Experiencing the Plastic Cap Challenge

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Ocean Conservancy receives a donation as a result of the Plastic Cap Challenge

September was a challenging month for me! The Dihedral posted a plastic cap challenge on their blog in August. Basically, the idea was to pay a $1 tax per plastic item purchased in the month of September in an attempt to reduce waste and eliminate the need to recycle. The. Whole. Month. I thought that was pretty awesome since I was knee-deep in my quest to reduce waste. Spoiler alert: I paid a lot of tax!

I started the challenge on 1 September while on vacation. I already had the cup, reusable bag, and utensils but didn’t take into account that I might need emergency eye drops or other things. I came home the next day thinking I’d be in good shape since I take reusable food containers to work on a regular basis and had no travel planned.

Guess what? The grocery shopping KILLED me! Why do we buy so much fruit and vegetables in plastic? I’m not even talking about the plastic bags on the side of the displays; I had reusable ones with me. No, no, I mean the peppers in plastic bags and mushrooms in styrofoam and plastic containers wrapped in plastic. I was up to a $40 tax the first week! Why is everything in paper boxes also wrapped in plastic? I don’t even buy the pre-cut fruit and veg because it’s expensive AND in more plastic!

How I attempted to save: I shopped every grocery store in my area over that month and attempted to save money in food and in plastic tax by purchasing the items not in plastic at each place. Each grocery store has good and bad habits. All of them encourage the use of reusable bags. Most places have a plastic bag collection bin and sell their own branded, reusable bags. All of them use plastic wrap and containers in the deli and produce departments. Some have options to pick vegetables with tongs and use bags but even those places wrapped a lot in plastic. I ended up buyIng in bulk at Costco and at least recycling almost all of those containers.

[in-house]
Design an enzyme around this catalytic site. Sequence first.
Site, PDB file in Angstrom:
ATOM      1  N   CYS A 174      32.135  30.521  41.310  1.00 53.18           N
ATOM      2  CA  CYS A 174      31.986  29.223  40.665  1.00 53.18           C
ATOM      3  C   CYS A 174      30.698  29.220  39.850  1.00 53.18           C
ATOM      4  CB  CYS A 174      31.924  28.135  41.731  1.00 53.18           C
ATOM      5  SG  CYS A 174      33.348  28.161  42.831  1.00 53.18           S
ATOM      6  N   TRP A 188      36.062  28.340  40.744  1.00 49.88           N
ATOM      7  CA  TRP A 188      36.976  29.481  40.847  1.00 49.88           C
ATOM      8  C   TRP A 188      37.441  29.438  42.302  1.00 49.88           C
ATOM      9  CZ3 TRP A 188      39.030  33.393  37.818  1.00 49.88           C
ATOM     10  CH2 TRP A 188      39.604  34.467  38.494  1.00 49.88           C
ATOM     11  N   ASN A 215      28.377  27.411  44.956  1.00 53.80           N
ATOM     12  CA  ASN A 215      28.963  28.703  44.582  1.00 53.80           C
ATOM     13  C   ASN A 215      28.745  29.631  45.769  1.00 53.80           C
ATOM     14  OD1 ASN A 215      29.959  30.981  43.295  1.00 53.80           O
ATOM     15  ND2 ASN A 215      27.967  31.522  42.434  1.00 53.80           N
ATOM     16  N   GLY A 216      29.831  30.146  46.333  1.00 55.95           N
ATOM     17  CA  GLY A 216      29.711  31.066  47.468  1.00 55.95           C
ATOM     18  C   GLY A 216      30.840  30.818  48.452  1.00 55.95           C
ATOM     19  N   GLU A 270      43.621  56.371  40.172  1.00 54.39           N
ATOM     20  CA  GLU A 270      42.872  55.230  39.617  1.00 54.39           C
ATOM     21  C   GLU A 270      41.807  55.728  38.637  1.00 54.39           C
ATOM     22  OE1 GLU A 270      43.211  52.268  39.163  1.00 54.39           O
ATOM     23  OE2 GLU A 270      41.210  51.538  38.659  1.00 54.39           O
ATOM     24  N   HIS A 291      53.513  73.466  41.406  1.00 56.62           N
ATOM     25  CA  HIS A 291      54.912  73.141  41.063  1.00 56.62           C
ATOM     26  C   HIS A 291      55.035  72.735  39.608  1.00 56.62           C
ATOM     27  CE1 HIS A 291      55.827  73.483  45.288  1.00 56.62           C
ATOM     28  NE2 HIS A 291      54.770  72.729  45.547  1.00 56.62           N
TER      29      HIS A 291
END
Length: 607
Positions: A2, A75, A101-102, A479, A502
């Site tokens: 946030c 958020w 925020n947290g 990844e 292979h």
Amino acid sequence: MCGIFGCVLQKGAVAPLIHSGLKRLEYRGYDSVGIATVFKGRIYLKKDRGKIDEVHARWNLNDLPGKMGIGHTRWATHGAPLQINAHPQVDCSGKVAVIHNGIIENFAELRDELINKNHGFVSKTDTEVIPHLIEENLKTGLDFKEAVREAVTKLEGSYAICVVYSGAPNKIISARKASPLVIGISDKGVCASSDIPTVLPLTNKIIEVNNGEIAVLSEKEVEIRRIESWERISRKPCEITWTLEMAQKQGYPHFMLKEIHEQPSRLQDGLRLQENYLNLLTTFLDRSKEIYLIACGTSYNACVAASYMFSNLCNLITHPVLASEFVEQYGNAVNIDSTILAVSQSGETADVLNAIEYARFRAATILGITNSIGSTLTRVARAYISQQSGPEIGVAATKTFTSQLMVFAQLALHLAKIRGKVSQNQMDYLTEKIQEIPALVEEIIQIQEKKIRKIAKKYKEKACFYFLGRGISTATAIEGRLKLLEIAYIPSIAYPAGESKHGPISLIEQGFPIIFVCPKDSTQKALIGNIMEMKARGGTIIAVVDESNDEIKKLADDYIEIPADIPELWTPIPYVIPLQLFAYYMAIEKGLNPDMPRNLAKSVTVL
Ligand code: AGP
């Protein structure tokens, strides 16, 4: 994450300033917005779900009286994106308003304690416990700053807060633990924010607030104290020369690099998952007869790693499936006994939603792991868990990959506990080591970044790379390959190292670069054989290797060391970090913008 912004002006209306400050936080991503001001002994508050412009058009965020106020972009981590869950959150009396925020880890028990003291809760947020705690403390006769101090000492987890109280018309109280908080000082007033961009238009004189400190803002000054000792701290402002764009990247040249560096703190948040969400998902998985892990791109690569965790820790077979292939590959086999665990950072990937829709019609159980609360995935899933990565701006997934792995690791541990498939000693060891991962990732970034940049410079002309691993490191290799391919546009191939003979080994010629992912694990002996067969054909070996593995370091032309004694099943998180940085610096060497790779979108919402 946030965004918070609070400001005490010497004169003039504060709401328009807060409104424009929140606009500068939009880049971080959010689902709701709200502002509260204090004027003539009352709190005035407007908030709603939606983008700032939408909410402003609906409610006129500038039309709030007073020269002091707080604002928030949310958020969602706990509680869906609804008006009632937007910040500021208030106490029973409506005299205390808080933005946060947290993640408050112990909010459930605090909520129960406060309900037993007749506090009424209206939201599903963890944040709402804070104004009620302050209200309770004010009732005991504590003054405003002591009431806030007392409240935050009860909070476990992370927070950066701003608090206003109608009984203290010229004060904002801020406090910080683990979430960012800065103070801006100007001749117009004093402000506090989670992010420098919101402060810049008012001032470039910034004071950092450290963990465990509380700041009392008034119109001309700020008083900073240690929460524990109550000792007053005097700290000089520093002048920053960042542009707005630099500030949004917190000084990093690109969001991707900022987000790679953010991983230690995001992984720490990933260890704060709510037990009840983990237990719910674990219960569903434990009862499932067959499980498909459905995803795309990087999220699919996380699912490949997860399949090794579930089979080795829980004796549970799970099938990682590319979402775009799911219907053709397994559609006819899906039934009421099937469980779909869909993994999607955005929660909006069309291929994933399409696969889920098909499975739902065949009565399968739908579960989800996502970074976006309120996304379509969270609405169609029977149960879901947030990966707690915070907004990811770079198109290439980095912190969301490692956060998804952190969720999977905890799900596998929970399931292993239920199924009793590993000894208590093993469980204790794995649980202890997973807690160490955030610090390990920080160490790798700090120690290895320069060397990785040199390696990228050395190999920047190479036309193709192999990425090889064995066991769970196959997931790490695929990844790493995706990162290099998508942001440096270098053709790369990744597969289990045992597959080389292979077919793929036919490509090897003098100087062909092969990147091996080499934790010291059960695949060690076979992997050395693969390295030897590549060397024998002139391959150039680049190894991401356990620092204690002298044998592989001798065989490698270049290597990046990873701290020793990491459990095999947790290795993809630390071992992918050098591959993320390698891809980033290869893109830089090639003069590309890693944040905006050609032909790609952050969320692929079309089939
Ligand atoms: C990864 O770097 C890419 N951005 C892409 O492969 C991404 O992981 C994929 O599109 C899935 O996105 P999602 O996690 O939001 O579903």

My friends with gardens let me have all the vegetables I wanted so I loaded reusable produce bags and even shared with another friend. Farmers Markets are the best solution I found for people with one exception: nightshift workers. How do you get to a place when it’s the middle of the night for you and the middle of the day for everyone else?

I took my own food containers and straw to restaurants and ate the leftovers at work. At one of the restaurants, my friend took home the little plastic cups they used to serve our sides so she could recycle them. I’m a regular at another place and they love when customers bring containers and refuse straws. The owner was so excited when she found paper straws!

A walk through the health and beauty department is kind of depressing now. I made all of my own body products and stored them in glass containers I had washed and saved. I tried to stuff homemade deodorant into an empty plastic deodorant tube but that wasn’t so amazing. I opted out of ordering drinks at places that wouldn’t let me use my own cup. I failed at that twice and felt guilty about it.

The result: I worked really hard and had to be extremely creative to cut out plastic! By 30 September, I was up to $150 in plastic tax. This was almost all grocery and medicine related! I wanted to take it very seriously to see how hard it would be to help influence others to make changes in daily routines. I walked to the store closest to me to save gas consumption and took my own bags and occasionally used the store next to my favorite restaurant.

I researched environmental charities and decided to donate the $150 to Ocean Conservancy in Washington DC. They are very serious about reducing the use of plastic and have many educational programs.

Next steps: I am reading and engaging with several groups from all over the world on social media that are on the same path. Each has an idea I hadn’t considered and also lists troubles they have. It’s like we are all in it together. I continue to use reusable items at work, home, and on travel. I’m learning about urban composting in an attempt to start mine.

I am still trying every day but not beating myself up if something happens where I don’t have an option. I recently drove to a friend’s house who lives in the middle of town. We walked to a restaurant to meet friends and then walked to our errands at the local stores. She does this all the time and it was very inspiring, plus we got a little exercise on a sunny day!

How we can all help: Please write your local stores corporate offices and ask them to find alternatives for wrapping food in plastic. What happened to old fashioned butcher paper and bulk stations?

Can’t get away from plastic associated with your medicine? Take your used human and animal prescriptions to participating Walgreens and drop them into the locked collection container, plastic bottles and all. Local police departments also have information for safe disposal.